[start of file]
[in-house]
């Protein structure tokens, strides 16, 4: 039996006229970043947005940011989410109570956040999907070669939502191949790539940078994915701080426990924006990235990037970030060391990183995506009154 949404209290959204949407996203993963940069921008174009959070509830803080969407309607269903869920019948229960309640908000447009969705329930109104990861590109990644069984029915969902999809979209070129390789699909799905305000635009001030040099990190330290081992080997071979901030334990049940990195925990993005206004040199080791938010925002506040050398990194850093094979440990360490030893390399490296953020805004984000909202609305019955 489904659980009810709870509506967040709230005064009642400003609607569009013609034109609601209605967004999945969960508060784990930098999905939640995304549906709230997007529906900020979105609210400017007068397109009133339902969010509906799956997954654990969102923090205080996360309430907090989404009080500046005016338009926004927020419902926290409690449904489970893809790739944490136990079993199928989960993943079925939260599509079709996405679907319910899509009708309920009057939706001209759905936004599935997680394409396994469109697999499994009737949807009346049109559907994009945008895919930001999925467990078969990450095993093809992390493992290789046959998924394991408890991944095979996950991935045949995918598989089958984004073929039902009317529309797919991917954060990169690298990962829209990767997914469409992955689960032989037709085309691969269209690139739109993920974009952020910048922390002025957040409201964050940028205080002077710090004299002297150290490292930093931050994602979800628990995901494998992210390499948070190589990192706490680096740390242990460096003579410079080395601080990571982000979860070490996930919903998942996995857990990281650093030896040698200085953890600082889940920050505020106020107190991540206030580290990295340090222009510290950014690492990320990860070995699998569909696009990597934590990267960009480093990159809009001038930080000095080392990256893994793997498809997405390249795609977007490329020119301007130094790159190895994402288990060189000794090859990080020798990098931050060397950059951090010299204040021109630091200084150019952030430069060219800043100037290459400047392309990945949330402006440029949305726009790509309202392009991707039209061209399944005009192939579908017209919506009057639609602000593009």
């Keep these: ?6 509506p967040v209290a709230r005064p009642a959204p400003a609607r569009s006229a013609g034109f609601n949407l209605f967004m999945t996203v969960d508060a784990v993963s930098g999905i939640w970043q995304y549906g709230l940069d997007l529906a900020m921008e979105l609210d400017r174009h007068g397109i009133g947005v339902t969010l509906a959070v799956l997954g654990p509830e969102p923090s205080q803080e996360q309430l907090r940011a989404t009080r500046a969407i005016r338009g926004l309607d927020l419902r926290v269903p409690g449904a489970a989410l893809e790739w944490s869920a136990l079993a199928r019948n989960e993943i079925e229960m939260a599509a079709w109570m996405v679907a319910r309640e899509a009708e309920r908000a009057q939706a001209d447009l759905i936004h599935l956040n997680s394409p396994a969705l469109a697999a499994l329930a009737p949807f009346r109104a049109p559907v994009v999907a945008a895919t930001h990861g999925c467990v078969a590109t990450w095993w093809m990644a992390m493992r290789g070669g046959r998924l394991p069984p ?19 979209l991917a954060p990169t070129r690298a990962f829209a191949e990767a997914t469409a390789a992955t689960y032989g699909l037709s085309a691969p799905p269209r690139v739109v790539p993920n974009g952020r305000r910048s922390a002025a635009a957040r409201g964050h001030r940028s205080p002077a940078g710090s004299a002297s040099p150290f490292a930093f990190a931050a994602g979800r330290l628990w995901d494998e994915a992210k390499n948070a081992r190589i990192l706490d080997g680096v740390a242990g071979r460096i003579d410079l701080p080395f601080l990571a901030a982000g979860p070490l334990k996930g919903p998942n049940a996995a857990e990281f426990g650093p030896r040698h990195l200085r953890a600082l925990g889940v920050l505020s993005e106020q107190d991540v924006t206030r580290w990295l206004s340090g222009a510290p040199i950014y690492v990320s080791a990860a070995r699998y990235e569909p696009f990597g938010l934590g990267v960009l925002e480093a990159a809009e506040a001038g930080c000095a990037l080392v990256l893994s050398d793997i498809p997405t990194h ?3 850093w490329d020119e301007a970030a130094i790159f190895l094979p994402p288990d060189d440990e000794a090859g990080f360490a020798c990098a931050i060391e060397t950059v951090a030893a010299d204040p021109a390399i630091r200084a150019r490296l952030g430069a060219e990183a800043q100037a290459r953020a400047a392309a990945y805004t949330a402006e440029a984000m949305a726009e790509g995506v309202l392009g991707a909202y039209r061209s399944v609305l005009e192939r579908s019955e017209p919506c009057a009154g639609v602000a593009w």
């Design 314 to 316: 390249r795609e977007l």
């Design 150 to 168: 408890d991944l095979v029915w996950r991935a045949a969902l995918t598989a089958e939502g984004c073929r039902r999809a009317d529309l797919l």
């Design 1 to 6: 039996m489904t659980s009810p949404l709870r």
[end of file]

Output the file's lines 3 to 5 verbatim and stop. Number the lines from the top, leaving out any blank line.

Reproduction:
């Keep these: ?6 509506p967040v209290a709230r005064p009642a959204p400003a609607r569009s006229a013609g034109f609601n949407l209605f967004m999945t996203v969960d508060a784990v993963s930098g999905i939640w970043q995304y549906g709230l940069d997007l529906a900020m921008e979105l609210d400017r174009h007068g397109i009133g947005v339902t969010l509906a959070v799956l997954g654990p509830e969102p923090s205080q803080e996360q309430l907090r940011a989404t009080r500046a969407i005016r338009g926004l309607d927020l419902r926290v269903p409690g449904a489970a989410l893809e790739w944490s869920a136990l079993a199928r019948n989960e993943i079925e229960m939260a599509a079709w109570m996405v679907a319910r309640e899509a009708e309920r908000a009057q939706a001209d447009l759905i936004h599935l956040n997680s394409p396994a969705l469109a697999a499994l329930a009737p949807f009346r109104a049109p559907v994009v999907a945008a895919t930001h990861g999925c467990v078969a590109t990450w095993w093809m990644a992390m493992r290789g070669g046959r998924l394991p069984p ?19 979209l991917a954060p990169t070129r690298a990962f829209a191949e990767a997914t469409a390789a992955t689960y032989g699909l037709s085309a691969p799905p269209r690139v739109v790539p993920n974009g952020r305000r910048s922390a002025a635009a957040r409201g964050h001030r940028s205080p002077a940078g710090s004299a002297s040099p150290f490292a930093f990190a931050a994602g979800r330290l628990w995901d494998e994915a992210k390499n948070a081992r190589i990192l706490d080997g680096v740390a242990g071979r460096i003579d410079l701080p080395f601080l990571a901030a982000g979860p070490l334990k996930g919903p998942n049940a996995a857990e990281f426990g650093p030896r040698h990195l200085r953890a600082l925990g889940v920050l505020s993005e106020q107190d991540v924006t206030r580290w990295l206004s340090g222009a510290p040199i950014y690492v990320s080791a990860a070995r699998y990235e569909p696009f990597g938010l934590g990267v960009l925002e480093a990159a809009e506040a001038g930080c000095a990037l080392v990256l893994s050398d793997i498809p997405t990194h ?3 850093w490329d020119e301007a970030a130094i790159f190895l094979p994402p288990d060189d440990e000794a090859g990080f360490a020798c990098a931050i060391e060397t950059v951090a030893a010299d204040p021109a390399i630091r200084a150019r490296l952030g430069a060219e990183a800043q100037a290459r953020a400047a392309a990945y805004t949330a402006e440029a984000m949305a726009e790509g995506v309202l392009g991707a909202y039209r061209s399944v609305l005009e192939r579908s019955e017209p919506c009057a009154g639609v602000a593009w």
């Design 314 to 316: 390249r795609e977007l």
């Design 150 to 168: 408890d991944l095979v029915w996950r991935a045949a969902l995918t598989a089958e939502g984004c073929r039902r999809a009317d529309l797919l």